The view downstream from the same spot. That ridge looks much better and leads to the other end of the flat (and another flat downstream). I will explore it on a future trip. I could not find where the ridge started at the top on this trip. You can get around that vast precipice near the top (I think), but there may be others!

This shot shows better just how far this flat extends along the river.

There is lots of grass to eat. If I was sheep farming there I would ‘carry’ about 3-4 ewes per acre – and this flat is at least a couple of hundred acres! A sambar deer eats 2-3 times what a mature ewe needs, but you get the point. There are lots of deer here. Hundreds!

It is a very beautiful creek – and has trout.

With its own small grassy flats

Well grazed pasture on the main flat here.

And here.

A high traffic area.

Along the back of the flat is a string of billabongs, each containing many wallows as in the foreground. I was able to see this from Google Earth – and the deer tracks going to and from them. Spot sees something at the far right end of the photo.

He knows not to go for these fellows. We have blue tongue lizards in the garden he was trained not to chase, and then moved on to not chasing red-bellied black snakes (as shown here). I have not trained him not to chase sambar deer – quite the reverse. Hence the shortage of photos of deer. He sees them off before I notice them usually – but we are here to both have fun! And I prefer eating lamb anyway. My sheep farmer prejudices showing there.

The billabongs are quite extensive – and beautiful.

Stretching downstream underneath that ridge. I naturally expected that the deer would be bedded along the ridge and not on the flat itself, but I was quite wrong about that. The deer here are quite undisturbed and have no reason not to be lazy. Spot and I may give them reason in the future to be a bit more wary!

Lots of ‘preaching trees’ along the flat. Lots of thrashing, rubs etc. Lots of stags hereabouts.

This is the bottom end of the flat looking across at another flat downriver. If I can get down the gentler ridge (right) to here this will make a better base and camp. It is also easier and closer to get across the river here. There is a good screen of bushes opposite behind which I can set up a camp.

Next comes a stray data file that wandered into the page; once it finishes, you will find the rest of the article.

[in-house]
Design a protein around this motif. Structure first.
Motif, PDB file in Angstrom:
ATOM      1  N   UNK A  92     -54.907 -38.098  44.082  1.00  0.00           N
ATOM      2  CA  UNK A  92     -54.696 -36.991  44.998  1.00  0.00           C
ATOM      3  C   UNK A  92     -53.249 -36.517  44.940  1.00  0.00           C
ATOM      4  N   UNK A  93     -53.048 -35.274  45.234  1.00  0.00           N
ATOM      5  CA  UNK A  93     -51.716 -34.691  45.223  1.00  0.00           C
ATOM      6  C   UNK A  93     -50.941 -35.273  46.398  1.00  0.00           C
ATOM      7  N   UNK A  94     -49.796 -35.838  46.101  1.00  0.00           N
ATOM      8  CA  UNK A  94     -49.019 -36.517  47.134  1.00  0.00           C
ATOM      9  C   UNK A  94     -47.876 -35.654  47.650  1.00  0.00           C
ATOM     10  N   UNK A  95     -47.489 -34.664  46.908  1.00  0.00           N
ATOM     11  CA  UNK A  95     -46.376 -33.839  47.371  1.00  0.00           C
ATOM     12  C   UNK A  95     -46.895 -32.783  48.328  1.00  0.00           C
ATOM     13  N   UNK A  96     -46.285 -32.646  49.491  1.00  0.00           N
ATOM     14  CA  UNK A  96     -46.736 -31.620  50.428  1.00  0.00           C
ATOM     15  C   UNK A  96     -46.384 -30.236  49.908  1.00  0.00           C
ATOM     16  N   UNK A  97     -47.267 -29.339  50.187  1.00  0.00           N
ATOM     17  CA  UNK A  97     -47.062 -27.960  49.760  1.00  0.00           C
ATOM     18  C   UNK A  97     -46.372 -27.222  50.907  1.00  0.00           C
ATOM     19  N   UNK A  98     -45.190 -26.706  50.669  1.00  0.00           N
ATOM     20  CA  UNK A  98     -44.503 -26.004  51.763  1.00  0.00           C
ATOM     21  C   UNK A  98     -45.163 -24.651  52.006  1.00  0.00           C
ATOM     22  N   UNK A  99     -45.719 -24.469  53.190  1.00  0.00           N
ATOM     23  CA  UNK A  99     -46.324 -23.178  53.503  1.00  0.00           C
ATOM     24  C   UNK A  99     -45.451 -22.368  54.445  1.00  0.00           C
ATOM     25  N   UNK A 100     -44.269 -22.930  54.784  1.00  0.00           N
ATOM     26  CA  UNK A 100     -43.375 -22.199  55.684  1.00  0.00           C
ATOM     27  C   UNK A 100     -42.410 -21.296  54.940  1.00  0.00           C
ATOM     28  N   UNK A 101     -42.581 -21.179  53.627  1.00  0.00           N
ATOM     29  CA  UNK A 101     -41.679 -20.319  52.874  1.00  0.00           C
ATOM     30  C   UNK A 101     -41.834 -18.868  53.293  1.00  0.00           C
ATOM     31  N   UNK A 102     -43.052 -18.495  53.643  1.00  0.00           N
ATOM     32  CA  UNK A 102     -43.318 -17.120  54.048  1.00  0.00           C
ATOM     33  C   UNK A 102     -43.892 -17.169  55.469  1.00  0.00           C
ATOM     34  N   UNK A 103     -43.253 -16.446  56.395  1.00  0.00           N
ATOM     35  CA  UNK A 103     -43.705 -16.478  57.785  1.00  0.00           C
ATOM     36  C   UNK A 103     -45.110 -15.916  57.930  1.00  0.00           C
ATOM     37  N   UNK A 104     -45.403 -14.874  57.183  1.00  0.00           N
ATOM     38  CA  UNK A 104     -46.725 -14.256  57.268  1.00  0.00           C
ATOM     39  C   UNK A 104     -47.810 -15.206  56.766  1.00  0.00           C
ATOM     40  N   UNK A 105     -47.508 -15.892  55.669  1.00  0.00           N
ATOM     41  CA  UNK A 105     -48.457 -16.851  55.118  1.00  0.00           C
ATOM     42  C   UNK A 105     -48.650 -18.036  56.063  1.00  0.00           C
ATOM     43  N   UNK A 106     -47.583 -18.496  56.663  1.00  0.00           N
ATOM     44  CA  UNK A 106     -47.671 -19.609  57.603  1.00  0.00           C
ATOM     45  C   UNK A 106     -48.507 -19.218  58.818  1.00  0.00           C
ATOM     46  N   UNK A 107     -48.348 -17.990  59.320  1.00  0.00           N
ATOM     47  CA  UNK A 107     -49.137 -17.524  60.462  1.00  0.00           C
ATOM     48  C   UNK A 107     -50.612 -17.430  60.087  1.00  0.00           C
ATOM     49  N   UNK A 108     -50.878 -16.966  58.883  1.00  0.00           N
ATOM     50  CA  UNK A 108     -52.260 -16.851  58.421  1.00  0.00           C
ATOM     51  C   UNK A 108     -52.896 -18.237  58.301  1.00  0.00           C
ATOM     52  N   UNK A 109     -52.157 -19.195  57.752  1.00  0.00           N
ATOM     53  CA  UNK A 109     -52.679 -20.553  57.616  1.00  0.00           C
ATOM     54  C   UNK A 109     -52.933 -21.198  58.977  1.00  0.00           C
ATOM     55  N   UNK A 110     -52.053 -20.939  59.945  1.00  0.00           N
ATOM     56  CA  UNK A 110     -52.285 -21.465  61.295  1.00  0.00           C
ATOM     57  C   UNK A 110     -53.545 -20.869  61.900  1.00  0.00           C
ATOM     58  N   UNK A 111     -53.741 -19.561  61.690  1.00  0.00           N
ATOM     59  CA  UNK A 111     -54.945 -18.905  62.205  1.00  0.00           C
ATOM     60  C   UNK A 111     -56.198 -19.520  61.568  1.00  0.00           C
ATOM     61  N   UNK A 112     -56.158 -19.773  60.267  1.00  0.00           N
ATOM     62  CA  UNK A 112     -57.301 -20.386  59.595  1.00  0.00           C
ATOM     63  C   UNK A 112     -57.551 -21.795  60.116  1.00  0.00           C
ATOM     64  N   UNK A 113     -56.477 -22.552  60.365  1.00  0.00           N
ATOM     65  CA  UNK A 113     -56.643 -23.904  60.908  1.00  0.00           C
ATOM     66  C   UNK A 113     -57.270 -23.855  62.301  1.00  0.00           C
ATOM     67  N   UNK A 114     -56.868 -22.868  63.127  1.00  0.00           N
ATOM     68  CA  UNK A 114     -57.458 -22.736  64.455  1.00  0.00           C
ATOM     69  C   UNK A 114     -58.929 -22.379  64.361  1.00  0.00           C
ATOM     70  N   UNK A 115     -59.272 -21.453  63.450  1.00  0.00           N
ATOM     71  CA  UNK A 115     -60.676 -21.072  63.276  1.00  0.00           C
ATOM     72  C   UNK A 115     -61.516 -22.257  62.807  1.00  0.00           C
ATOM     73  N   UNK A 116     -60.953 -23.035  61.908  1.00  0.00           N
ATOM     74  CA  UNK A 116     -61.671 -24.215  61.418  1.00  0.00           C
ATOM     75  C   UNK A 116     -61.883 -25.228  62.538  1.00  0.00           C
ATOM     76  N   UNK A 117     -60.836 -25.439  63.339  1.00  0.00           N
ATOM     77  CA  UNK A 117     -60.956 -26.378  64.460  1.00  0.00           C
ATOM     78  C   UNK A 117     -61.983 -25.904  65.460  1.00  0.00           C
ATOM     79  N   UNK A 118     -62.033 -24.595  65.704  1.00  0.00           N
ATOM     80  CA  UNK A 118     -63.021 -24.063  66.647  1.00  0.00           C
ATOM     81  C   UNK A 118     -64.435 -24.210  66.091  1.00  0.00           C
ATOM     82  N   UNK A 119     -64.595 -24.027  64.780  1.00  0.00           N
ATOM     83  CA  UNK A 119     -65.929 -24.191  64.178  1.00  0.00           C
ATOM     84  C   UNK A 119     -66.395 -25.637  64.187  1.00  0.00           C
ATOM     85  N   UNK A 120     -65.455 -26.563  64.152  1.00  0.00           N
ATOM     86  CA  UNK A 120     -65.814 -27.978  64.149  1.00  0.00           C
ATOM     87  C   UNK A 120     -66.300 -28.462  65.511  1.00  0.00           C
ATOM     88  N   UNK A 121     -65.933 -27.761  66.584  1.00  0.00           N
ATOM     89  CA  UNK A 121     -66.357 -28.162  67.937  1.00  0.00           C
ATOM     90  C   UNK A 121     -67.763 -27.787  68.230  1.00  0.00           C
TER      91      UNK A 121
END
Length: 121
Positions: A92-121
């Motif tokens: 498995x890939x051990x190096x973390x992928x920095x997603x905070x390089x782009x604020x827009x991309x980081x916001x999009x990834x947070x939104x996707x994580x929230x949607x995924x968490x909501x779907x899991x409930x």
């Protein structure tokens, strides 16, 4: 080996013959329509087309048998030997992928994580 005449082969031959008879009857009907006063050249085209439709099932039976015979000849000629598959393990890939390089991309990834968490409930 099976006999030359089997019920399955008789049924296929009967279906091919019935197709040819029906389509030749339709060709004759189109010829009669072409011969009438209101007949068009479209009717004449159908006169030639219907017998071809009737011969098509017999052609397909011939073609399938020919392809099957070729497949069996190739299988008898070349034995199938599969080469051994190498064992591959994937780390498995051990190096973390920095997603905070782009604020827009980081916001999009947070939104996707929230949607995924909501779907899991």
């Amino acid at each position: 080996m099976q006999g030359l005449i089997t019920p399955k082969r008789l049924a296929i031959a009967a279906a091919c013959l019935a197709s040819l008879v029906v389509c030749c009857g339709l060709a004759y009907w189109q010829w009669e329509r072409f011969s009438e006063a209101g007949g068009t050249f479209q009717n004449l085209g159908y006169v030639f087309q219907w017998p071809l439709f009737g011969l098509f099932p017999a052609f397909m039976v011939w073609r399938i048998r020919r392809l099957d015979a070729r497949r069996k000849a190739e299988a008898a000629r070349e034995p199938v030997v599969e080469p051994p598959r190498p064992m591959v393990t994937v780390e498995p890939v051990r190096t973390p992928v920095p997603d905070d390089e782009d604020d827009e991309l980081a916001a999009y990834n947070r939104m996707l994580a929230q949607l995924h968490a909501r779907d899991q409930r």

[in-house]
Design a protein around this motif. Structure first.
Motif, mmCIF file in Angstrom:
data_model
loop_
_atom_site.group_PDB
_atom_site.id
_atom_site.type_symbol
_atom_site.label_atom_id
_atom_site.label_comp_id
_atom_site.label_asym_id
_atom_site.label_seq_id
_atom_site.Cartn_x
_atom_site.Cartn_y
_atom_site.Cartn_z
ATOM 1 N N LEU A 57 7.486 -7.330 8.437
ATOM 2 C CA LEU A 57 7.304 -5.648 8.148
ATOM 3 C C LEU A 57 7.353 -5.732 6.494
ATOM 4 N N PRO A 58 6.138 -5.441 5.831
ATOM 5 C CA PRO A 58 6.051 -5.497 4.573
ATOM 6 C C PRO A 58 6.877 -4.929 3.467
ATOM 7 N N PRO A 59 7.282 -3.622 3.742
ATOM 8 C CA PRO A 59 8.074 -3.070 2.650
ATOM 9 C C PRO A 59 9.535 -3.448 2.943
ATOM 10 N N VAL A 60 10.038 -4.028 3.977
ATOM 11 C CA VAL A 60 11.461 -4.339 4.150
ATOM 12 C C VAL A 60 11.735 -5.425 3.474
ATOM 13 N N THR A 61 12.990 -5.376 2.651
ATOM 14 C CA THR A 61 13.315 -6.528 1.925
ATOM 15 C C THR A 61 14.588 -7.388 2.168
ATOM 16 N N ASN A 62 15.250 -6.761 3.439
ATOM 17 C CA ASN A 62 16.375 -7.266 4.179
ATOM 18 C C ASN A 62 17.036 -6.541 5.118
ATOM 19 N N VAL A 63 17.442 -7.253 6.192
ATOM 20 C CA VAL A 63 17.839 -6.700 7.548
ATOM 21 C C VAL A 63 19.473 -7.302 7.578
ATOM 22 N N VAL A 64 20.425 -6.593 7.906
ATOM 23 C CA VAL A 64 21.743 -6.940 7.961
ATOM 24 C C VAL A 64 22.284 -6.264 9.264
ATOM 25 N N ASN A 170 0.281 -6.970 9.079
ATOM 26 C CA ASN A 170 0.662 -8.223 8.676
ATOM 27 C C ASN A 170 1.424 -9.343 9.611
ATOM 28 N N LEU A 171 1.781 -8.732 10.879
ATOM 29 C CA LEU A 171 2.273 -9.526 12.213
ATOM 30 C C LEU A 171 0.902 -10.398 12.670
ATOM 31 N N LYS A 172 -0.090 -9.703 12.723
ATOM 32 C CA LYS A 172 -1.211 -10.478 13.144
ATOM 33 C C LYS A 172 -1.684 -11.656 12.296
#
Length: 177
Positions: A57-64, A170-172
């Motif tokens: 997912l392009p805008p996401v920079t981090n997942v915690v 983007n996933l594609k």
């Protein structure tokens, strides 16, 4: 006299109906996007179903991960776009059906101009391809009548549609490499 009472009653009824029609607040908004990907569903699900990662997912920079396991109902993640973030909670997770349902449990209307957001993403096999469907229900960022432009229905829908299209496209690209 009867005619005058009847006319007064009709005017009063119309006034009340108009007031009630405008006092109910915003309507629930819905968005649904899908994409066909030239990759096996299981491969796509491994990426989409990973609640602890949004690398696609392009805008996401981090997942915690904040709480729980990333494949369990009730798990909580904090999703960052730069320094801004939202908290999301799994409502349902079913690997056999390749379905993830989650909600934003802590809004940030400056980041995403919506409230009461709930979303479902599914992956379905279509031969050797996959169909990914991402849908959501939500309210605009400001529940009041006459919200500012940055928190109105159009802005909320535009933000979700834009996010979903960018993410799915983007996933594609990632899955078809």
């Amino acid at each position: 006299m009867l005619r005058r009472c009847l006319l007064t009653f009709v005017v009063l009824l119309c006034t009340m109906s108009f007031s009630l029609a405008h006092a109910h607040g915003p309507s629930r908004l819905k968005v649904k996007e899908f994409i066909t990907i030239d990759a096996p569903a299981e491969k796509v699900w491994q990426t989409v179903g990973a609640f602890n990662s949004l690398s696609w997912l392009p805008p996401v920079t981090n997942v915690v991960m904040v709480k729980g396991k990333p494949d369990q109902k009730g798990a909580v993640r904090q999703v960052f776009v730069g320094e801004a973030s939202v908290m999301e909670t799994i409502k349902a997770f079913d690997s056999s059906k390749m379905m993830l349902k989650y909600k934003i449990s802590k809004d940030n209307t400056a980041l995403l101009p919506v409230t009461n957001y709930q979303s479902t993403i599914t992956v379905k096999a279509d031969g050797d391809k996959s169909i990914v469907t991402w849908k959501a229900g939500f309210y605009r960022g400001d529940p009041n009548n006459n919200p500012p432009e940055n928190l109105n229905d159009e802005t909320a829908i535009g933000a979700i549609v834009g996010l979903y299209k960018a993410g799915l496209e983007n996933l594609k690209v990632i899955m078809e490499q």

That is the same precipice seen from the bottom of the flat. As you can see there is a way down the ridge behind it. There may be other unseen precipices as one ascends. One foot after another and I shall find out in the future.

And where are the deer, you ask. The flat positively reeked of deer. I have never smelled such a strong scent of many deer except where there is a plague of red deer in the leatherwood fringes of the snowgrass tops in Fiordland (where I go sometimes to hunt moose). And there were groups of deer sleeping all over the flat. Unfortunately the flat had suffered from a bushfire not so long ago and there was much regrowth that did not show on the Google Earth photo. Visibility was only a few yards.

A dozen times Spot put up groups of deer who leapt up, honked at him and crashed off – with him yapping in pursuit. No time to get a photo. Precious little time to even get off a shot – had I wanted to anyway. I will need to clear a few walking trails though the flat so that I can creep along without stooping under thick vegetation or making a noise if I want to shoot any. The deer will have cleared up the fire regrowth in less than ten years, but will I still be able to hunt this spot at 80? The grassy clearings here and there and wallows would be fine places for ambush hunting (if you did not have a dog with you!) but which I prefer not to do. Unsporting for the deer I feel. As I said earlier I prefer lamb anyway. And i really prefer to just see the deer nowadays. I would not enjoy hauling bits of them up those steep ridges anyway. Perhaps if i make a permanent camp down here – a drum with an Intex raft, paddle, shelter, cookset etc, so I don’t have to carry so much stuff in – and out. I might be able to canoe this river during the summer and drop one off.

The only other thing to report was that as I was driving down the precipitous 4WD track my rear brakes let go. I had spat out a brake pad as one of the pistons in the caliper had seized. You should never drive in such a manner that you cannot stop without brakes. I had a long drive back (over 50 km) without any other brakes than the hand brake (and engine) to somewhere my lovely Della could bring me a spare part to fix it. 50 years yet she never ceases to delight me!